--Was informed that the city’s board of appeal and equalization meeting will take place Wednesday, April 17 at 10 a.m. at City Hall.
--Decided not to waive the monetary limits on municipal tort liability coverage for the city’s insurance package with the League of Minnesota Cities Insurance Trust. If the city had decided to waive the limits, it would have had to pay a higher premium, said City Administrator Jim Taddei.
--Hired Arnquist Carpets Plus Colortile of Alexandria to replace the broken tile in the City Hall hallway leading to the break room and garage, and to replace a few tiles near the handicapped entrance in the back of the building. It submitted a quote of $1,200, the same amount quoted by D & M Tile of Alexandria. A coin toss determined the winner.
--Authorized Airport Manager Todd Roth to seek proposals for airport-architectural-planning services for the next five years. This is required by the Minnesota Department of Transportation.
--Agreed to form a committee to meet with representatives from the Douglas County Board of Commissioners and Alexandria School Distirct 206 on an informal, ongoing basis to discuss issues of mutual interest, such as overlapping services. The council appointed Miller and Todd Jensen to its committee. The county and school district are expected to form similar committees. No more than two members from each entity may meet or it would constitute a public meeting, which must be open to the public and subject to open meeting laws. The committee could not take any action at the informal meetings. Council member Virgil Batesole voted against the committee. He wanted to be part of it but Mayor Sara Carlson told him that only two members could be on the committee.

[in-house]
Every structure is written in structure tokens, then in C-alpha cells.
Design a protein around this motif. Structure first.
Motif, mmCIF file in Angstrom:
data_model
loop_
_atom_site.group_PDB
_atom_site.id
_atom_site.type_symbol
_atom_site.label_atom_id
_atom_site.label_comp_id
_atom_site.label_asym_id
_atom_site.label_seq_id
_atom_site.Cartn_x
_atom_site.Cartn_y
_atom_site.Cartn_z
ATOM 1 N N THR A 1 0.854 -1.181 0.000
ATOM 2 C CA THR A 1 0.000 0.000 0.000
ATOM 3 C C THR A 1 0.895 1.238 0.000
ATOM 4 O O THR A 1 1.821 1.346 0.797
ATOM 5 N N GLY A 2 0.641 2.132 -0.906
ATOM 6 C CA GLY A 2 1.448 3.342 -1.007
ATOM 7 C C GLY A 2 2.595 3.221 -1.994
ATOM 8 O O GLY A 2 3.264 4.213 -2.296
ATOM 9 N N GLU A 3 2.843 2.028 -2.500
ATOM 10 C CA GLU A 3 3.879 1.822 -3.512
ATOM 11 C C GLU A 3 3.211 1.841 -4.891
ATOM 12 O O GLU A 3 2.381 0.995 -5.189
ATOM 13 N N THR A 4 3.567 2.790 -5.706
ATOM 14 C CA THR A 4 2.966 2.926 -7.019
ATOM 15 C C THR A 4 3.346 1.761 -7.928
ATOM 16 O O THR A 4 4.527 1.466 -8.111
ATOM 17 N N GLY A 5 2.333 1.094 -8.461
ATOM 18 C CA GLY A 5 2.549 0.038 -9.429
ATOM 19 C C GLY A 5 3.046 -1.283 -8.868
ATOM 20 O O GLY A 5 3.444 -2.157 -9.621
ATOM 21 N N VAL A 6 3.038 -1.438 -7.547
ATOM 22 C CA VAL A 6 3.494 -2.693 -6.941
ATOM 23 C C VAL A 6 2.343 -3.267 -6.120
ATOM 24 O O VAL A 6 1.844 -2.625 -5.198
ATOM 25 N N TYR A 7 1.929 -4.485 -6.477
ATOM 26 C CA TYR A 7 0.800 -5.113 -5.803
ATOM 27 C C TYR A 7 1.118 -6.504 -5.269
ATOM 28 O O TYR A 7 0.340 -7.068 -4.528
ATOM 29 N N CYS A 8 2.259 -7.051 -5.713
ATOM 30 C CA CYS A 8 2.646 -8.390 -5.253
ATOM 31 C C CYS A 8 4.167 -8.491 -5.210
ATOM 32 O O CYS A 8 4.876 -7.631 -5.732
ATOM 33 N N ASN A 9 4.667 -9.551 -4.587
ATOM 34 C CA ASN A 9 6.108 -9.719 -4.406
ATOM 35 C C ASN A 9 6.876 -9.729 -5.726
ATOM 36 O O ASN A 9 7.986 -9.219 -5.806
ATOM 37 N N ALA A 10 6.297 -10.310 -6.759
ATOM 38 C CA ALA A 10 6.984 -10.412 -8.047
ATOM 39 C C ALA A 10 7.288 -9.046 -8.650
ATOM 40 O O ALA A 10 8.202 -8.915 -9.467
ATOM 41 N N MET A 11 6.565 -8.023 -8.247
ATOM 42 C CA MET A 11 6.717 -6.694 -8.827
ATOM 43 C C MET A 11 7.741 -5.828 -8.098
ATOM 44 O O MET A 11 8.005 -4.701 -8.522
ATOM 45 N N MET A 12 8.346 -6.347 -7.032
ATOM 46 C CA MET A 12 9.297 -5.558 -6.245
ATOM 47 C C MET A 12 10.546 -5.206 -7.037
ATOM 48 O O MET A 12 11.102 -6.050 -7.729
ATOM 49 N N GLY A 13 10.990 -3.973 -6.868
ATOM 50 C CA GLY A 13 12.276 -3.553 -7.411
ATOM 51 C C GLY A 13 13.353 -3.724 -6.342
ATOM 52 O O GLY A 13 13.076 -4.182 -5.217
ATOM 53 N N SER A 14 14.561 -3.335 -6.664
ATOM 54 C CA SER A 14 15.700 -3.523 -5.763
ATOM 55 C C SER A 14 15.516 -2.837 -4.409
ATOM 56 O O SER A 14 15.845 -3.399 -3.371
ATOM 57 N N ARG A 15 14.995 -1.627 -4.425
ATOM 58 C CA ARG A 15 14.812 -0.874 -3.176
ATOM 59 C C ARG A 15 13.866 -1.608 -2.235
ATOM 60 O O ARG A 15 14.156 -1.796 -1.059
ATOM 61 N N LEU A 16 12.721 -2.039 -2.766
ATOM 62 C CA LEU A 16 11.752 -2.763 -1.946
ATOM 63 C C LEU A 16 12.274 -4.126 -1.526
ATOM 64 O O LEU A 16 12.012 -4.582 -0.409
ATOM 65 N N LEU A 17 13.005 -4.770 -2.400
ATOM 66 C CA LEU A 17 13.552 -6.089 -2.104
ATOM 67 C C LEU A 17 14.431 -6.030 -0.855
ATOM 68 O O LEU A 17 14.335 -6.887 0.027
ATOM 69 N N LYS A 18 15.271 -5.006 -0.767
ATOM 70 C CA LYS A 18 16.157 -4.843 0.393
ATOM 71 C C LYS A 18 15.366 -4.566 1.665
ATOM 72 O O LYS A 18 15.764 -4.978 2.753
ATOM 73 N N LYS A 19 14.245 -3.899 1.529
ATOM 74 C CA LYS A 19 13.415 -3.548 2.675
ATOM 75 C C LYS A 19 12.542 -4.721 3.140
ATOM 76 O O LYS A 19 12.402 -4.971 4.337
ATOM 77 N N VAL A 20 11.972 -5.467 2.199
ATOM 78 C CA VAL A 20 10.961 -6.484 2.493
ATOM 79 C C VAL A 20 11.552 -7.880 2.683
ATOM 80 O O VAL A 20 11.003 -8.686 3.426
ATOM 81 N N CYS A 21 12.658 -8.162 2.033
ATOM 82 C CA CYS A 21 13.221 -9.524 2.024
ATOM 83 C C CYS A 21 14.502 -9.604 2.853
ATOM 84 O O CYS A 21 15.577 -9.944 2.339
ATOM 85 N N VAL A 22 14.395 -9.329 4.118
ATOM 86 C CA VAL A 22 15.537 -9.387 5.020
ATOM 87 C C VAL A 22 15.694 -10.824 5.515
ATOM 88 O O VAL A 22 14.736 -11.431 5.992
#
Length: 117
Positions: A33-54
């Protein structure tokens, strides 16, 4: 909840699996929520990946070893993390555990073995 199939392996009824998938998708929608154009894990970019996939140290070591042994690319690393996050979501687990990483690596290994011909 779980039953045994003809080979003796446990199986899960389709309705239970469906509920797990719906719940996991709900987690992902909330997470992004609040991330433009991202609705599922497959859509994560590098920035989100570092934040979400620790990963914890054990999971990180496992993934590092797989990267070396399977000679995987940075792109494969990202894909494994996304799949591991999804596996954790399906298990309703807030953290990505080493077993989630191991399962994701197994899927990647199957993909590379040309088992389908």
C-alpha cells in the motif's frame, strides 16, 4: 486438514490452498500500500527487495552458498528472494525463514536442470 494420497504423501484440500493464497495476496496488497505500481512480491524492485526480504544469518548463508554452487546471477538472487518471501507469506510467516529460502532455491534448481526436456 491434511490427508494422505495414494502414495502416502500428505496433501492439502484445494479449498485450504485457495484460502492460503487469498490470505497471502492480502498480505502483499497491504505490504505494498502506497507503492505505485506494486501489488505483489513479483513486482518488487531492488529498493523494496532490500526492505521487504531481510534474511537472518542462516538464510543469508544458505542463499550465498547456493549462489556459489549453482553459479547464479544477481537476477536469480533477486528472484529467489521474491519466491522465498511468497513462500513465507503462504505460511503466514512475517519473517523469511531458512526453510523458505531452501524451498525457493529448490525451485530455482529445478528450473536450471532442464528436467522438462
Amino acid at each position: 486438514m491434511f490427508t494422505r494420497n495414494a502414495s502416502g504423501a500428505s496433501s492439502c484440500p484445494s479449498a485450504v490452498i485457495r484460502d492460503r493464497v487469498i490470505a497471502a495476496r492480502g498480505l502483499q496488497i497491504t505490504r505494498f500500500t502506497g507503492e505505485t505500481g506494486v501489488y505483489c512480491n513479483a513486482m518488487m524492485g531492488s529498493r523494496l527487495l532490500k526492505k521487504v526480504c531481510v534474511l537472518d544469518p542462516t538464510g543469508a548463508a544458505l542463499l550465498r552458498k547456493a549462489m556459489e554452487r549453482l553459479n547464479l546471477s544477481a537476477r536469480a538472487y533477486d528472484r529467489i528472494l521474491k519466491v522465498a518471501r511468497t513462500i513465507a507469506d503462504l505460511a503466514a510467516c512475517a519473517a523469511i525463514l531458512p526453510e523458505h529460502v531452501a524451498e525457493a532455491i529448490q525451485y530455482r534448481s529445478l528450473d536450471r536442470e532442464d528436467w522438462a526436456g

--Scheduled a work session for February 25 at 5 p.m. at City Hall to discuss Alexandria Lakes Area Sanitary District (ALASD) issues with the representatives on its ALASD committee. It also set a work session for March 11 before the council meeting to discuss the city's financial proceedures.
--Approved a mortgage subordination agreement with U.S Bank that will allow Jeff and Tracie Crouse to refinance their $6,000 CHAP loan for their home in The Trails development.
--Approved the following licenses: temporary liquor – Fort Chippewa VFW Post 936 to sell alcohol for a Viking Sportsmen banquet at the Runestone Community Center on April 13; heating – Gustafson Mechanical and Greeley Plumbing and Heating; sign hanger – JH Signs and Designs; and fireworks – Menards and Mills Fleet Farm.